Failure is an Orphan
Paterson Chair in International Affairs at the Norman Paterson School of International Affairs
Many folks are upset by criticisms of the Canadian effort in Afghanistan. Rajiv Chandrasekaran’s new book, Little America: The War Within the War for Afghanistan, has renewed the debate about the role Canada has played. The book contains a few key assertions about the Canadian effort, which I will address next week. The point today is this: We are shifting from the “smooth everything over” phase of the war to the “point the finger of blame” phase. As John F. Kennedy (among others) said, “Victory has a hundred fathers, but defeat is an orphan.” In the years ahead, expect many books and articles dedicated to pointing the finger of blame everywhere except at the authors.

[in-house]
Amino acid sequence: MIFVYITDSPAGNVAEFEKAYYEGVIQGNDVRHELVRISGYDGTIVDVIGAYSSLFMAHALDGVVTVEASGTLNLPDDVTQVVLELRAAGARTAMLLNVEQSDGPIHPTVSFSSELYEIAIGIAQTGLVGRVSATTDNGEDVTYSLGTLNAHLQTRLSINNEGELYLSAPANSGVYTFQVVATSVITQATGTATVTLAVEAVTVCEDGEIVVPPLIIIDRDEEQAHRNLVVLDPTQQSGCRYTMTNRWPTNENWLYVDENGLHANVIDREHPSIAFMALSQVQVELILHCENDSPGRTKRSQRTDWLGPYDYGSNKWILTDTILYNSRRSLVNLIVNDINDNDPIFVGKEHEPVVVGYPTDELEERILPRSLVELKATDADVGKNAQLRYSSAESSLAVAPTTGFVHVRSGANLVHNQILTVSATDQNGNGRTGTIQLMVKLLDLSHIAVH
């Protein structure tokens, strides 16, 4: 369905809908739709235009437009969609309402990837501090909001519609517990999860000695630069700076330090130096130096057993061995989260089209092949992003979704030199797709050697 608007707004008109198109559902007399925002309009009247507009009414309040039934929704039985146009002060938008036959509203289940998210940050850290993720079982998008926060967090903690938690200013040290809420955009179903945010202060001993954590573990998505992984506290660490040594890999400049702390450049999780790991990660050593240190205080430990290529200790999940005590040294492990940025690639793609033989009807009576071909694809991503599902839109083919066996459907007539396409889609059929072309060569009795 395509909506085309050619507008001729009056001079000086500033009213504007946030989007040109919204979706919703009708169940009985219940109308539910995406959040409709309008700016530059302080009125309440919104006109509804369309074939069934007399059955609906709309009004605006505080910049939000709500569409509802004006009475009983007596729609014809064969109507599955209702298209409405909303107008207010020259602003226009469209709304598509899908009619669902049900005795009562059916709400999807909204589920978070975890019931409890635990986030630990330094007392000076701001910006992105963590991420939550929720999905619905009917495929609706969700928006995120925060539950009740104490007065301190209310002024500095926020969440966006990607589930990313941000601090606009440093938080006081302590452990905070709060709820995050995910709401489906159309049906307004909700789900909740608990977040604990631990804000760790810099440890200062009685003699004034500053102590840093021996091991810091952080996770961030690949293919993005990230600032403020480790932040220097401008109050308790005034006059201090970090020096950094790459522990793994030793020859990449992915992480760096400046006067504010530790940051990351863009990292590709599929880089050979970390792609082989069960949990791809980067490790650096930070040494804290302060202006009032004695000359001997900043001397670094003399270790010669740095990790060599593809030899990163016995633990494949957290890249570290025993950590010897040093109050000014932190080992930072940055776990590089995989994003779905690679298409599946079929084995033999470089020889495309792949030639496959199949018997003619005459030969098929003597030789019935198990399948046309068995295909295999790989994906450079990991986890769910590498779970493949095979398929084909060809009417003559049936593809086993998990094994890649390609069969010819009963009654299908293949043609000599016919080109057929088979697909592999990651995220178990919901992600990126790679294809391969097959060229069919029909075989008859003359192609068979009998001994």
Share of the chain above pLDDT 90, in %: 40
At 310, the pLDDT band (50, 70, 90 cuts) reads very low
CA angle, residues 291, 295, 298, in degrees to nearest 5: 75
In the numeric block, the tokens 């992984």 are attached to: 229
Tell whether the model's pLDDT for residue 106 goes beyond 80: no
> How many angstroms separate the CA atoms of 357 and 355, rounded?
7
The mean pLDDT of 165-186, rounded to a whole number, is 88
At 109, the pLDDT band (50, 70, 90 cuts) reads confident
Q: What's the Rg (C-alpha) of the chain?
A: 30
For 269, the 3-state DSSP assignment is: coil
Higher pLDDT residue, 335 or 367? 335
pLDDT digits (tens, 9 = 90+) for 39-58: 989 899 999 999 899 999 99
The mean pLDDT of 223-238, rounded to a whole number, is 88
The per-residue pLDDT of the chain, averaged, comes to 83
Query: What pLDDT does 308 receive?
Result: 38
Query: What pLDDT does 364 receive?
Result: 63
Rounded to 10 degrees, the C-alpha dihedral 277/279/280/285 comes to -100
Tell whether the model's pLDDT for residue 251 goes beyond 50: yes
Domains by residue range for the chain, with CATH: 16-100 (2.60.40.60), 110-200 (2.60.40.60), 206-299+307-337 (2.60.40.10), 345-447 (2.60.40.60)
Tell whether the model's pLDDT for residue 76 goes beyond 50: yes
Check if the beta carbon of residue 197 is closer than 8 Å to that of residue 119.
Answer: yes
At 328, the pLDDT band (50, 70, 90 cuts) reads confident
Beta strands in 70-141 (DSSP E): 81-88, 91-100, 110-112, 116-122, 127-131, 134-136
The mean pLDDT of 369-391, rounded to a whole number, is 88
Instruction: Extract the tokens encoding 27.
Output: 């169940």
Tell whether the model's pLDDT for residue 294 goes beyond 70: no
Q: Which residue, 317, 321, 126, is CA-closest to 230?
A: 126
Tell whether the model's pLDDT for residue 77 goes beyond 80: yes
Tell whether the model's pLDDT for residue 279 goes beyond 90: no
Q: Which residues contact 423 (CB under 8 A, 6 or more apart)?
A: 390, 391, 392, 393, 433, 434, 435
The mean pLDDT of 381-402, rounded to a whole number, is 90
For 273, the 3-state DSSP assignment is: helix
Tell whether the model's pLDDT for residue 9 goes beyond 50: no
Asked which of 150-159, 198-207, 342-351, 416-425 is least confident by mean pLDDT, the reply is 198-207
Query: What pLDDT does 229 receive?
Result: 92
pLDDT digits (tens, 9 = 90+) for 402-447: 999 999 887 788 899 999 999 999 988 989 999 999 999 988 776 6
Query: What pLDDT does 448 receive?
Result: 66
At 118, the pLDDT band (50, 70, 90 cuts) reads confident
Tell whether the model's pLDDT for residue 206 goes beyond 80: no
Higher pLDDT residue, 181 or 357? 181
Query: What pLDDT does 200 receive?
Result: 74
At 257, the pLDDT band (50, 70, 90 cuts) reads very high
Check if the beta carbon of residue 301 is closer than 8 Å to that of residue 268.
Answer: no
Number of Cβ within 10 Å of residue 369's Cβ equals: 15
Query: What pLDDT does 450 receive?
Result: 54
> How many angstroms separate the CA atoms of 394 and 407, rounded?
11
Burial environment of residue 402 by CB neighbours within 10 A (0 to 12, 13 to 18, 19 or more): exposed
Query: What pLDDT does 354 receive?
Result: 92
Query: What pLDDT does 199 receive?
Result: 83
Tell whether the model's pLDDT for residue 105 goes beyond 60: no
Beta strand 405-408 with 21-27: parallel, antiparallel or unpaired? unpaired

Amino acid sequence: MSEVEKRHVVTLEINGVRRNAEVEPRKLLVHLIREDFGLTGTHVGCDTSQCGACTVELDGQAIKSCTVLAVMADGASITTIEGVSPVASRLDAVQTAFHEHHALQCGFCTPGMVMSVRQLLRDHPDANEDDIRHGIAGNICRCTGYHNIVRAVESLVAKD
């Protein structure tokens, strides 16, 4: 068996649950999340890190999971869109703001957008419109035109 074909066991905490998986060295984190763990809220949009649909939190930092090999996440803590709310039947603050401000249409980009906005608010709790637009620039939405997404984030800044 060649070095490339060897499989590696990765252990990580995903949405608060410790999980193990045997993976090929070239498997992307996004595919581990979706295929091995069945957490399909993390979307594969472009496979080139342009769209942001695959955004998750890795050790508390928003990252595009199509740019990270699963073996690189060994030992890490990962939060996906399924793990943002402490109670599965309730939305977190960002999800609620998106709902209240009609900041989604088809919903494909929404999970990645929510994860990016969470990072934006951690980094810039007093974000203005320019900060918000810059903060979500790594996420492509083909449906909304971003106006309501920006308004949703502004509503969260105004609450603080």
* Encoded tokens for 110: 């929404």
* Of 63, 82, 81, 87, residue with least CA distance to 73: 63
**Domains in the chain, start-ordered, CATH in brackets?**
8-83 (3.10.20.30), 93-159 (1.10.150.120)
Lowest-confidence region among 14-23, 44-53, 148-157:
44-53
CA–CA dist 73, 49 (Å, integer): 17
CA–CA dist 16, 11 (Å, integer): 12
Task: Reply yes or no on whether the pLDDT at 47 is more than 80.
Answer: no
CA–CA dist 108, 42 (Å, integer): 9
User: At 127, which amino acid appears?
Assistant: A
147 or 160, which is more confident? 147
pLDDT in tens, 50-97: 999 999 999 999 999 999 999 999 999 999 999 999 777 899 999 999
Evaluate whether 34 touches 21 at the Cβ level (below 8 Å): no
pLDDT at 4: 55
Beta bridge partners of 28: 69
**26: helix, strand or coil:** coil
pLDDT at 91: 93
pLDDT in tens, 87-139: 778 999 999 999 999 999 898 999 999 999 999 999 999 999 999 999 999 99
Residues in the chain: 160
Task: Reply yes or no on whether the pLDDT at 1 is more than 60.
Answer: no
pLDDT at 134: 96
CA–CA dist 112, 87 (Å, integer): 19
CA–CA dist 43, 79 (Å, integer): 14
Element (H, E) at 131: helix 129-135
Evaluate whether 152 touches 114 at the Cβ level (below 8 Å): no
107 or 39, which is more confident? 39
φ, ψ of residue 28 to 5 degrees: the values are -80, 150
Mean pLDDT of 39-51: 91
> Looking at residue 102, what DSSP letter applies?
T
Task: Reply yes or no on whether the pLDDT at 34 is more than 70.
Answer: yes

Last spring, the CIC had a discussion focused on explaining the failure in Afghanistan. In that effort, I pointed my finger at the U.S. for being distracted by Iraq (Chandrasekaran does a more thorough job detailing this), Pakistan, and Afghan President Hamid Karzai. Today, to illustrate how easy the finger-pointing is, let me run through some other key actors in Afghanistan over the past 10 years (if we went back further, we could blame the Soviet Union for much of this).
Let’s start with the British, since Brits seeking to point fingers are responsible for some of the new books we have seen of late. How did Helmand work out when the British had the lead? Not well. Funny that there is now buyer’s remorse – a sense that they should have had Kandahar instead – as it is not clear that the British had a great track record of building up governance under fire. They made deals with the opposition in Basra in Iraq and Musa Qala in Helmand, but found out that the opponents in both places did not respect the agreements.